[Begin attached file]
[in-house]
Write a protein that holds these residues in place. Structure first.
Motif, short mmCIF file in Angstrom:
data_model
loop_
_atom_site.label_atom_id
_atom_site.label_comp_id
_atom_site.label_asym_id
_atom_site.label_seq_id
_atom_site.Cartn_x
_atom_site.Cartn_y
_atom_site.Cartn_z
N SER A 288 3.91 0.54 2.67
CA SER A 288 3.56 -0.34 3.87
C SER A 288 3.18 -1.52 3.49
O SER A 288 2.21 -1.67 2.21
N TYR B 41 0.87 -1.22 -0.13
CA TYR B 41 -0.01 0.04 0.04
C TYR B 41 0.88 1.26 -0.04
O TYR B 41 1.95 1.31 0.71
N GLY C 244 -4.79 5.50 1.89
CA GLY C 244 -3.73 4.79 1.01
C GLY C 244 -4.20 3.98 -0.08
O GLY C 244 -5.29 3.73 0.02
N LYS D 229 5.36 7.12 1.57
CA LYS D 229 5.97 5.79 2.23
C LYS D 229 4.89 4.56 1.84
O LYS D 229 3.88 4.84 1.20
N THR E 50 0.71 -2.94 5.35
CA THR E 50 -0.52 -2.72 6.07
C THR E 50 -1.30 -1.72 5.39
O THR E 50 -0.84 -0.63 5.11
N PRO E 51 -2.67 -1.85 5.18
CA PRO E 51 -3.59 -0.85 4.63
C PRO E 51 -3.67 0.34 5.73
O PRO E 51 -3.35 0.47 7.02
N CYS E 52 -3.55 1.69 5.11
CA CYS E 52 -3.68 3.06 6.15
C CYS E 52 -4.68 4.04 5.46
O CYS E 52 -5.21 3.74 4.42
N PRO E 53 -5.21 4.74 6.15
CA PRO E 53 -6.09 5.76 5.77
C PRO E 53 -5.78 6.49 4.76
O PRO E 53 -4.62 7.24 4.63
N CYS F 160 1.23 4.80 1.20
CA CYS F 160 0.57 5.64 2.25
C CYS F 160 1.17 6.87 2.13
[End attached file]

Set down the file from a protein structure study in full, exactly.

[in-house]
Write a protein that holds these residues in place. Structure first.
Motif, short mmCIF file in Angstrom:
data_model
loop_
_atom_site.label_atom_id
_atom_site.label_comp_id
_atom_site.label_asym_id
_atom_site.label_seq_id
_atom_site.Cartn_x
_atom_site.Cartn_y
_atom_site.Cartn_z
N SER A 288 3.91 0.54 2.67
CA SER A 288 3.56 -0.34 3.87
C SER A 288 3.18 -1.52 3.49
O SER A 288 2.21 -1.67 2.21
N TYR B 41 0.87 -1.22 -0.13
CA TYR B 41 -0.01 0.04 0.04
C TYR B 41 0.88 1.26 -0.04
O TYR B 41 1.95 1.31 0.71
N GLY C 244 -4.79 5.50 1.89
CA GLY C 244 -3.73 4.79 1.01
C GLY C 244 -4.20 3.98 -0.08
O GLY C 244 -5.29 3.73 0.02
N LYS D 229 5.36 7.12 1.57
CA LYS D 229 5.97 5.79 2.23
C LYS D 229 4.89 4.56 1.84
O LYS D 229 3.88 4.84 1.20
N THR E 50 0.71 -2.94 5.35
CA THR E 50 -0.52 -2.72 6.07
C THR E 50 -1.30 -1.72 5.39
O THR E 50 -0.84 -0.63 5.11
N PRO E 51 -2.67 -1.85 5.18
CA PRO E 51 -3.59 -0.85 4.63
C PRO E 51 -3.67 0.34 5.73
O PRO E 51 -3.35 0.47 7.02
N CYS E 52 -3.55 1.69 5.11
CA CYS E 52 -3.68 3.06 6.15
C CYS E 52 -4.68 4.04 5.46
O CYS E 52 -5.21 3.74 4.42
N PRO E 53 -5.21 4.74 6.15
CA PRO E 53 -6.09 5.76 5.77
C PRO E 53 -5.78 6.49 4.76
O PRO E 53 -4.62 7.24 4.63
N CYS F 160 1.23 4.80 1.20
CA CYS F 160 0.57 5.64 2.25
C CYS F 160 1.17 6.87 2.13